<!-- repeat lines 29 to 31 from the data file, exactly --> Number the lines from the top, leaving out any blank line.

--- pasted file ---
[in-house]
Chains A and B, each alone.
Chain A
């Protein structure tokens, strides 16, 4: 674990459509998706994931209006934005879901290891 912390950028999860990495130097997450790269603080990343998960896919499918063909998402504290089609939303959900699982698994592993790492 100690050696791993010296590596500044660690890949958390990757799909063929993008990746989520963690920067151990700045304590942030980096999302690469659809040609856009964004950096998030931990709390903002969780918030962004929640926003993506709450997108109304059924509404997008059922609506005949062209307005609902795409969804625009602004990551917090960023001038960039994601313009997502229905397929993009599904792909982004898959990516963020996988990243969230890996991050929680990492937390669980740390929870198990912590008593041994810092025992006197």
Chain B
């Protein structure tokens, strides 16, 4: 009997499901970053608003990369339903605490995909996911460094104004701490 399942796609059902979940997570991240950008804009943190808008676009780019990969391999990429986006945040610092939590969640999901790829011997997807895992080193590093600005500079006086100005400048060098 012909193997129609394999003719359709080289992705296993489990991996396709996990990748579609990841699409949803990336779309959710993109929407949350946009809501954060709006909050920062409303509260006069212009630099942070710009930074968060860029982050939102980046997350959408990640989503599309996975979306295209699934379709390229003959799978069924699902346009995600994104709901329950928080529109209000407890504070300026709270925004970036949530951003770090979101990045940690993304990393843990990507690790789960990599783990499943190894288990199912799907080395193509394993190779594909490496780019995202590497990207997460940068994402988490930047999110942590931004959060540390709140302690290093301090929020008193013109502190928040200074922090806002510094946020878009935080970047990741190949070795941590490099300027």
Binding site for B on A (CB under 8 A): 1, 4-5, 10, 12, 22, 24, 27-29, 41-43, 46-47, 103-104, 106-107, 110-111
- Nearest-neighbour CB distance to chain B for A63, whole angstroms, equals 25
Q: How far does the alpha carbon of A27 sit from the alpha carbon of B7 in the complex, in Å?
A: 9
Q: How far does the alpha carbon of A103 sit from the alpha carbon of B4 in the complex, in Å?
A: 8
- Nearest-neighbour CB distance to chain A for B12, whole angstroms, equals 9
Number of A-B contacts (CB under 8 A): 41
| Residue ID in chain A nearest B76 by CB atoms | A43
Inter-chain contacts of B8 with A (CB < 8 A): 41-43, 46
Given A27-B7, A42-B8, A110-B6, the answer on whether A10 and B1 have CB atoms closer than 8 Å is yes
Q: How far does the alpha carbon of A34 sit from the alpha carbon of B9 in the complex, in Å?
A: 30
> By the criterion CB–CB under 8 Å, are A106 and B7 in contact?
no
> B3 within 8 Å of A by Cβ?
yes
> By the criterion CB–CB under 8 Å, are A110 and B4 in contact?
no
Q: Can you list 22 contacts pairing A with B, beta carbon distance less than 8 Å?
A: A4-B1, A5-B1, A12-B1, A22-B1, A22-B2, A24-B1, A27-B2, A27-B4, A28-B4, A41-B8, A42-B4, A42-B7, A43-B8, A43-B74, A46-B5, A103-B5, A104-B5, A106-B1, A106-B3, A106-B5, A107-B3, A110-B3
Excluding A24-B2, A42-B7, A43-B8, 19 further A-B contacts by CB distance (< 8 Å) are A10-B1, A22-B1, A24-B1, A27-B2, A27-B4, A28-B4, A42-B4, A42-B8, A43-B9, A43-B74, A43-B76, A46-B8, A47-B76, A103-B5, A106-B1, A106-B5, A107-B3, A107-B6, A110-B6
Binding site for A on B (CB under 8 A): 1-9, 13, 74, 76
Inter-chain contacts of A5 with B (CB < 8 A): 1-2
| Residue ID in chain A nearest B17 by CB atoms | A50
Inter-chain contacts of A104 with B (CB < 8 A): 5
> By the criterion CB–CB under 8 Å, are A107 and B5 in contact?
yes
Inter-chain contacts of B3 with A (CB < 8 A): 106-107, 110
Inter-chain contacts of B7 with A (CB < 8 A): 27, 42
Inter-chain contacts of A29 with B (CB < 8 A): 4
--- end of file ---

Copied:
Binding site for A on B (CB under 8 A): 1-9, 13, 74, 76
Inter-chain contacts of A5 with B (CB < 8 A): 1-2
| Residue ID in chain A nearest B17 by CB atoms | A50